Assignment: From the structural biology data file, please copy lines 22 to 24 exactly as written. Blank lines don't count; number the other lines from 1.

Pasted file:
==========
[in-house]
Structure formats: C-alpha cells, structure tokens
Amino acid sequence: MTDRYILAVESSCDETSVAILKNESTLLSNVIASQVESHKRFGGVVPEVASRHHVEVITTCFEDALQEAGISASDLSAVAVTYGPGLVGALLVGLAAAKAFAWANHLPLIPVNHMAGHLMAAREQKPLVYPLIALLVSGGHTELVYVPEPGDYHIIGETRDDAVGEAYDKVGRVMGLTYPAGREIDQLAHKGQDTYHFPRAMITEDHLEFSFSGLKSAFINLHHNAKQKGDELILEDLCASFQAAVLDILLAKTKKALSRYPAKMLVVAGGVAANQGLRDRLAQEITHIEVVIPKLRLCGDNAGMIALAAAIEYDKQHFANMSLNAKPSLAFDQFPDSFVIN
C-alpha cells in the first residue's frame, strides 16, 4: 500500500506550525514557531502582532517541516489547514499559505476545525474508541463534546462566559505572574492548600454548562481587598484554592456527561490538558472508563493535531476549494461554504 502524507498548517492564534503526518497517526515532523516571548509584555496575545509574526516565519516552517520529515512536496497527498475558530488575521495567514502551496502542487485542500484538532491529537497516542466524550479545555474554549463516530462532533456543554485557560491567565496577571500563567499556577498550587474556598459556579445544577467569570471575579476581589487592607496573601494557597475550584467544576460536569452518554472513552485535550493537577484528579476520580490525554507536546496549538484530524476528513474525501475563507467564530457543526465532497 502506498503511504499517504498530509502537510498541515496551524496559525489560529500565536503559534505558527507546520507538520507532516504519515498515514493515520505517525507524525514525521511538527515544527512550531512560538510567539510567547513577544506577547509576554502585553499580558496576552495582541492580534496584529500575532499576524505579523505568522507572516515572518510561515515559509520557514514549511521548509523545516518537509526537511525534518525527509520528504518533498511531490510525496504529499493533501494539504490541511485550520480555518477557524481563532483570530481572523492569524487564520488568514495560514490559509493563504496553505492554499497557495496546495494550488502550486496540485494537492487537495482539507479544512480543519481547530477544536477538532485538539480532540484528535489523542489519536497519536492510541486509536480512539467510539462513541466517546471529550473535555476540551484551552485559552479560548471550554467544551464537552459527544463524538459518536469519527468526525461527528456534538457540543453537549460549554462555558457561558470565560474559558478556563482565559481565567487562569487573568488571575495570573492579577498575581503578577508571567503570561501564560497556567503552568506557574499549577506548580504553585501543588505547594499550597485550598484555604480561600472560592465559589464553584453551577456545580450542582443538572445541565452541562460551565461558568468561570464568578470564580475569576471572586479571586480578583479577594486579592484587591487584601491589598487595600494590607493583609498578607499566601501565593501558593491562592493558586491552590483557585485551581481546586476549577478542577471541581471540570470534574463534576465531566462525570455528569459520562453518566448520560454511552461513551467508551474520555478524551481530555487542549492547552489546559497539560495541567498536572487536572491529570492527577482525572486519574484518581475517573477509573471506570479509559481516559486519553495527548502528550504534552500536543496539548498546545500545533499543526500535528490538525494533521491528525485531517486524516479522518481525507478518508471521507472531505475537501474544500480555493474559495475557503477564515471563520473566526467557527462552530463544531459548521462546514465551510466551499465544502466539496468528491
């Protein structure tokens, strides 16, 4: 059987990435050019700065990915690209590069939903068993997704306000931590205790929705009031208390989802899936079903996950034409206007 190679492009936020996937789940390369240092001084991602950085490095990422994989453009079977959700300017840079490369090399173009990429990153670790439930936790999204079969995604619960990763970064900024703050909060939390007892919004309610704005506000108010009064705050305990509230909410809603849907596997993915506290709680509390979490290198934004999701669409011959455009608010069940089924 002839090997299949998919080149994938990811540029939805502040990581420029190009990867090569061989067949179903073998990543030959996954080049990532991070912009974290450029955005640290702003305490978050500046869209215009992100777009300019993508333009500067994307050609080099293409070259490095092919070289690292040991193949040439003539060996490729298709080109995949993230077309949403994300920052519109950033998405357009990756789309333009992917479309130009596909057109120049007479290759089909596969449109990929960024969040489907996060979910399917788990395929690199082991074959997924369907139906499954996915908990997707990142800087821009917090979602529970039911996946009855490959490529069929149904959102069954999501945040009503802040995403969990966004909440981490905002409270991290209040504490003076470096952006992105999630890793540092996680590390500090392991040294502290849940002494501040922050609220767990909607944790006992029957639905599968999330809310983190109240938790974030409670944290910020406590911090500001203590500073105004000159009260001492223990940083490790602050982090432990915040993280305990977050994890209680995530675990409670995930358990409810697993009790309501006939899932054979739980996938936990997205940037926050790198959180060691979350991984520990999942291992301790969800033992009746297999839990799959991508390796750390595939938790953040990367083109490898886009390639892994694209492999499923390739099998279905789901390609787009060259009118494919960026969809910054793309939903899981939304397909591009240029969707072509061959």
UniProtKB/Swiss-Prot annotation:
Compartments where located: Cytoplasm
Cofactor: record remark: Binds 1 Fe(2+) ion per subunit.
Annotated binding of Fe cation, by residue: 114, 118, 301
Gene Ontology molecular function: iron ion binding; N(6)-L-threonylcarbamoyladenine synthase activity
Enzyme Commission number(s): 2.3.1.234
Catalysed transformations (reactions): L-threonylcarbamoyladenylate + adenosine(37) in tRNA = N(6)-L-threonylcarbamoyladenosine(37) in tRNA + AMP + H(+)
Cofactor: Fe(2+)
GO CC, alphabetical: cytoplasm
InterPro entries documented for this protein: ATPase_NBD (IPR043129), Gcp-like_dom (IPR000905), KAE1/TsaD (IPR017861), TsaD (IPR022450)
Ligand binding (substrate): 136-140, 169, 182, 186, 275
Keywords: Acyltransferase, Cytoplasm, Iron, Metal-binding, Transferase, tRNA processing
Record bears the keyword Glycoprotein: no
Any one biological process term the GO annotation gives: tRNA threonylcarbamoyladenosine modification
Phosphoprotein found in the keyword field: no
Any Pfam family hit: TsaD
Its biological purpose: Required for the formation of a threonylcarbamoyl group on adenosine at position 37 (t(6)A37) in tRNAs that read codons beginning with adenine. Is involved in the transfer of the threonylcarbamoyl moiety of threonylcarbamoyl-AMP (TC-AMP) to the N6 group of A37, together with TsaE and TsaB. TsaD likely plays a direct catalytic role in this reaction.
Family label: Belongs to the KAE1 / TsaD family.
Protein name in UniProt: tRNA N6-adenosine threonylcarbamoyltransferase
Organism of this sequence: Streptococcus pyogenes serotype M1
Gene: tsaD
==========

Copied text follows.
Its biological purpose: Required for the formation of a threonylcarbamoyl group on adenosine at position 37 (t(6)A37) in tRNAs that read codons beginning with adenine. Is involved in the transfer of the threonylcarbamoyl moiety of threonylcarbamoyl-AMP (TC-AMP) to the N6 group of A37, together with TsaE and TsaB. TsaD likely plays a direct catalytic role in this reaction.
Family label: Belongs to the KAE1 / TsaD family.
Protein name in UniProt: tRNA N6-adenosine threonylcarbamoyltransferase